Ghana has again emerged as one of the top travel destinations in the world according to a research by Ethical Traveler, a US-based non-profit organization that uses tourism to promote economic growth among developing countries.
Barely three weeks after the New York Times had adjudged Accra as the fourth best city to tour in 2013, the country made it to the Ethical Traveler’s 2013 list of The World’s Best Ethical Destinations which contained countries such as Barbados, Latvia, Mauritius, Cape and Verde Islands.
The other countries that made the list include Lithuania, Uruguay, Palau, Samoa and Costa Rica.
Every year, Ethical Traveler reviews the policies and practices of hundreds of nations in the developing world and then selects Ten, that are doing the most impressive job of promoting human rights, preserving their environment, and upholding civil society—all while creating a sustainable, community-based tourism industry.
How the List is Created
Every year Ethical Traveler conducts a study of developing nations, from Afghanistan to Zimbabwe, to identify the world’s best travel and tourism destinations.
They begin their research by focusing on three general categories: Environmental Protection, Social Welfare and Human Rights. For each of these categories, it analyzes information past and present to understand not only the current state of a country, but how it has changed over time. This helps in selecting countries that are actively improving the state of their people, government and environment.
The first phase of the process include assessing the country’s scores from a variety of databases related to one of the three categories, using information from sources like Freedom House, the Millennium Challenge Corporation, and the World Bank.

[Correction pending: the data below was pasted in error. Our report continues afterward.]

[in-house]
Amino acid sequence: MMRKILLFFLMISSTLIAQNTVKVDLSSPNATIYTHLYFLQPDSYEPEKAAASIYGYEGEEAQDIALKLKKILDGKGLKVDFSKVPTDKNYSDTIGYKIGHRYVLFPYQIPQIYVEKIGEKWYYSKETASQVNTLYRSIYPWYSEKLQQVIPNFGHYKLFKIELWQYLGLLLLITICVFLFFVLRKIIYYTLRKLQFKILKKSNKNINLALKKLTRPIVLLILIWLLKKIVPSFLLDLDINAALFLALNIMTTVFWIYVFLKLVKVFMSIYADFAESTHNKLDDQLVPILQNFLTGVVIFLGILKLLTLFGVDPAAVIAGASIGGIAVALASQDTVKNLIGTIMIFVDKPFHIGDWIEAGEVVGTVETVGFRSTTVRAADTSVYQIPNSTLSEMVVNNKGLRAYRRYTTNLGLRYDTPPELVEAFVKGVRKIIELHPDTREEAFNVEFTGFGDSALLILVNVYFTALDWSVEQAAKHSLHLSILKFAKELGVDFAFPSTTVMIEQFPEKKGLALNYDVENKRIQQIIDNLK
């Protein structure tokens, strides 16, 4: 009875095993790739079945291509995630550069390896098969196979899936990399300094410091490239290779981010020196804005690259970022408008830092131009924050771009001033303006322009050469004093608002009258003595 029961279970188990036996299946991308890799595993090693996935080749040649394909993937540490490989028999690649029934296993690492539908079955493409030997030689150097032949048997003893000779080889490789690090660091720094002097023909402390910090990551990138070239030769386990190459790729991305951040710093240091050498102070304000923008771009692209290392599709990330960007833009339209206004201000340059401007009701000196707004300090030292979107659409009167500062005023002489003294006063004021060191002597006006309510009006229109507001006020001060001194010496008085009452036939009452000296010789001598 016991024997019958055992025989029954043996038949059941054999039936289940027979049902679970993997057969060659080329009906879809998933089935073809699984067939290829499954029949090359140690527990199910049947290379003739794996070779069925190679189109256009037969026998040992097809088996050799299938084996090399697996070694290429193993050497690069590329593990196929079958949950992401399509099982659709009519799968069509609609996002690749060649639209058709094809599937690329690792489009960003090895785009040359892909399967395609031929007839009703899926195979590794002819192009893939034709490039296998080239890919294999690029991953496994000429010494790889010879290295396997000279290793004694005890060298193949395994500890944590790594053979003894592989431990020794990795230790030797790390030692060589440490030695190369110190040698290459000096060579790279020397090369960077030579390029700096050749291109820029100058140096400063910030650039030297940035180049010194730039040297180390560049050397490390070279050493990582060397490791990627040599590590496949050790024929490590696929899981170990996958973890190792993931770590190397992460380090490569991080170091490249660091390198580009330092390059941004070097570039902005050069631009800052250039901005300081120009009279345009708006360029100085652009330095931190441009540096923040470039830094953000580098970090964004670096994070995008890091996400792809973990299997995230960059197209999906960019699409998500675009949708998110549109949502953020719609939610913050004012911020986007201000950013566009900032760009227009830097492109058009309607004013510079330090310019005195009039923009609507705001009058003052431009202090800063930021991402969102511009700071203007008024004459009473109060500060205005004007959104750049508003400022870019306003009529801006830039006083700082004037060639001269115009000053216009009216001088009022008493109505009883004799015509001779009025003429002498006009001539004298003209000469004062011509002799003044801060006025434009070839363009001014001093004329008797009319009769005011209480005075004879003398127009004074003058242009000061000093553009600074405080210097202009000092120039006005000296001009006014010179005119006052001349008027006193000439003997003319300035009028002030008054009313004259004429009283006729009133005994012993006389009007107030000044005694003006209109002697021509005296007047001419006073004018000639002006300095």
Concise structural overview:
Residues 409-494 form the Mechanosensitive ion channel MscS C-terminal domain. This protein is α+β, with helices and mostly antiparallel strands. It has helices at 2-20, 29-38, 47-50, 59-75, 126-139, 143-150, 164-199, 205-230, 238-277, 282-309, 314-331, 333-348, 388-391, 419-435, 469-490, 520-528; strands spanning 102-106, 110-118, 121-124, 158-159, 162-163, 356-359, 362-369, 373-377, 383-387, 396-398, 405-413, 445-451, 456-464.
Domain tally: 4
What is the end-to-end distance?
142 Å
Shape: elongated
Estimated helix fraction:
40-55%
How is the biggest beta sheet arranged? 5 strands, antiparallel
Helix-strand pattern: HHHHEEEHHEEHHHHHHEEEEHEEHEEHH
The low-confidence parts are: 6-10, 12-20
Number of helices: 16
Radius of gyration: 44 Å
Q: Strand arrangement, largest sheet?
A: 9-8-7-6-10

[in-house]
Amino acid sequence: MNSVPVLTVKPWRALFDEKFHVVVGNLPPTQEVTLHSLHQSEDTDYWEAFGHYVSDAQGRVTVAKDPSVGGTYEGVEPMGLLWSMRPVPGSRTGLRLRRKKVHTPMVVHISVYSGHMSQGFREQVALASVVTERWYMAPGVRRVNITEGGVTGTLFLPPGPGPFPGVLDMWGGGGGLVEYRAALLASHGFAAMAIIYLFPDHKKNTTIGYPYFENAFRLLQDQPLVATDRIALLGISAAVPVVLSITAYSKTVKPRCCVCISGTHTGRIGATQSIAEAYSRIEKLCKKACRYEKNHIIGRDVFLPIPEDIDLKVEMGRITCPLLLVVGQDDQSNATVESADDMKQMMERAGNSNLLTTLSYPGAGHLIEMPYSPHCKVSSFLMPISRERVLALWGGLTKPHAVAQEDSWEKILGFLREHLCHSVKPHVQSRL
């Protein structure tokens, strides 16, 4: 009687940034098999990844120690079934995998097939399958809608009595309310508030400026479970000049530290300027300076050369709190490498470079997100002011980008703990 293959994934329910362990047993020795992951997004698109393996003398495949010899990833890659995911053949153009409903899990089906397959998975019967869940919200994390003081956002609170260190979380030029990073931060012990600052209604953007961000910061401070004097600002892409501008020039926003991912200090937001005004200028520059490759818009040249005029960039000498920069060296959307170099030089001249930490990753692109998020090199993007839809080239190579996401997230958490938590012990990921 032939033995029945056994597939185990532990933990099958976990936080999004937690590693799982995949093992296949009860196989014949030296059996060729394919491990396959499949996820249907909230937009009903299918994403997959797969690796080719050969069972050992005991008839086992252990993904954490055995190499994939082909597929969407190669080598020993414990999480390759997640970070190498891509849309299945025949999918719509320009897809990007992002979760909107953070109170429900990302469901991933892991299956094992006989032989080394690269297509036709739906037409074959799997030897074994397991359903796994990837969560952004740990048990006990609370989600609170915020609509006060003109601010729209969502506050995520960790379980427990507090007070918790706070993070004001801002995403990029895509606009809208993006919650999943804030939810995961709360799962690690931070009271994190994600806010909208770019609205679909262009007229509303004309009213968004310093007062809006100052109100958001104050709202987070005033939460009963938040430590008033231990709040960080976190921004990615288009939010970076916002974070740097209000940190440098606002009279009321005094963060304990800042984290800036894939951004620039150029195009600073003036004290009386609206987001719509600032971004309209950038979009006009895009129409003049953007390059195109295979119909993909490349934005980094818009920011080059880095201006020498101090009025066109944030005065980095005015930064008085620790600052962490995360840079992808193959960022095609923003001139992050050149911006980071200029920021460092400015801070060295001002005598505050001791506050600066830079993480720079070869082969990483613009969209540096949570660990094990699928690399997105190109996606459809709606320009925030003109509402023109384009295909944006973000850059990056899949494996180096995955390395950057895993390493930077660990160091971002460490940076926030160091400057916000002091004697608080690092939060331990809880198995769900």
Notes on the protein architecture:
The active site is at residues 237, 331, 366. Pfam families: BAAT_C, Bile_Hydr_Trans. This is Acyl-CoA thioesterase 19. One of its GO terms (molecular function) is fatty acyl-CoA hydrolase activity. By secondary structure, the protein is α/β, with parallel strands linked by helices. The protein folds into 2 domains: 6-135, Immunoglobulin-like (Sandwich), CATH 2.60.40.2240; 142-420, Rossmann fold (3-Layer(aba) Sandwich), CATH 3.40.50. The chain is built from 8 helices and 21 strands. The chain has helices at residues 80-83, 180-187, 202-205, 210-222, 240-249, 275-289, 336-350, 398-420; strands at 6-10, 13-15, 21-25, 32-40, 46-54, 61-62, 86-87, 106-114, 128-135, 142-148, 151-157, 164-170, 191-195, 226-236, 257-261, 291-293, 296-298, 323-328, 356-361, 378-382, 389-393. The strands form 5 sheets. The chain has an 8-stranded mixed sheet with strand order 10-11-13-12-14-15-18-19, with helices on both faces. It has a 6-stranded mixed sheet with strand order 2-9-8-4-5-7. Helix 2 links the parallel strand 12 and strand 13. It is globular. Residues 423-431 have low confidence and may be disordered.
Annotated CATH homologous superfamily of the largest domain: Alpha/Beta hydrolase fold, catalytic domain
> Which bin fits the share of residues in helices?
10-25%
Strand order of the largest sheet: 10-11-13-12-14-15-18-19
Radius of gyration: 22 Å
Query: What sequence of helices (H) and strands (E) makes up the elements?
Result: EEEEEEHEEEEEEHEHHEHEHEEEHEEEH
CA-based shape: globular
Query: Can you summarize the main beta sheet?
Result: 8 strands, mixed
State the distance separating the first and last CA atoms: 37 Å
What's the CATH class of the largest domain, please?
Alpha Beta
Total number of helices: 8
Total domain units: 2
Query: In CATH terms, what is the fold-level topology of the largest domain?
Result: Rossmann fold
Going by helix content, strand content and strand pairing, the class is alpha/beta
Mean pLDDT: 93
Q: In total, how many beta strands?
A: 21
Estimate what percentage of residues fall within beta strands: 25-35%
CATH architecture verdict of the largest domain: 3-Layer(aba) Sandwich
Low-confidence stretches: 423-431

After the top performers are identified, a detailed case research, focusing on actions governments have taken over the years to improve (or in some cases, weaken) practices and circumstances in the countries are also conducted.
According to the organisation, “There is more to making our list, of course, than excelling in these categories. Each country selected as a Best Ethical Destination also offers the opportunity to experience unspoiled natural beauty, and to interact with local people and cultures in a meaningful, mutually enriching way”.
The report lauded Ghana’s democratic credentials saying after President Mills died last year, Ghana went through a peaceful transition of power, which is not a given on the African continent. Also President Mahama is regarded as a champion of the underprivileged, with a keen interest in environmental issues.
“Several countries that made our short list were excluded from the Top 10 specifically because of homophobic laws. While Ethical Traveler is not a gay rights organization, we believe in civil liberties for all—regardless of race, religion, gender, age or sexual orientation.
"Although three of our winners (Barbados, Ghana and Mauritius) do have anti-gay statutes on the books, these laws are laxly enforced. In Ghana, however—a country with an otherwise impressive social and environmental record— active discrimination does take place. We include Ghana on this year’s list hoping that this spotlight, along with our vote of confidence, will inspire reform”, the report concluded.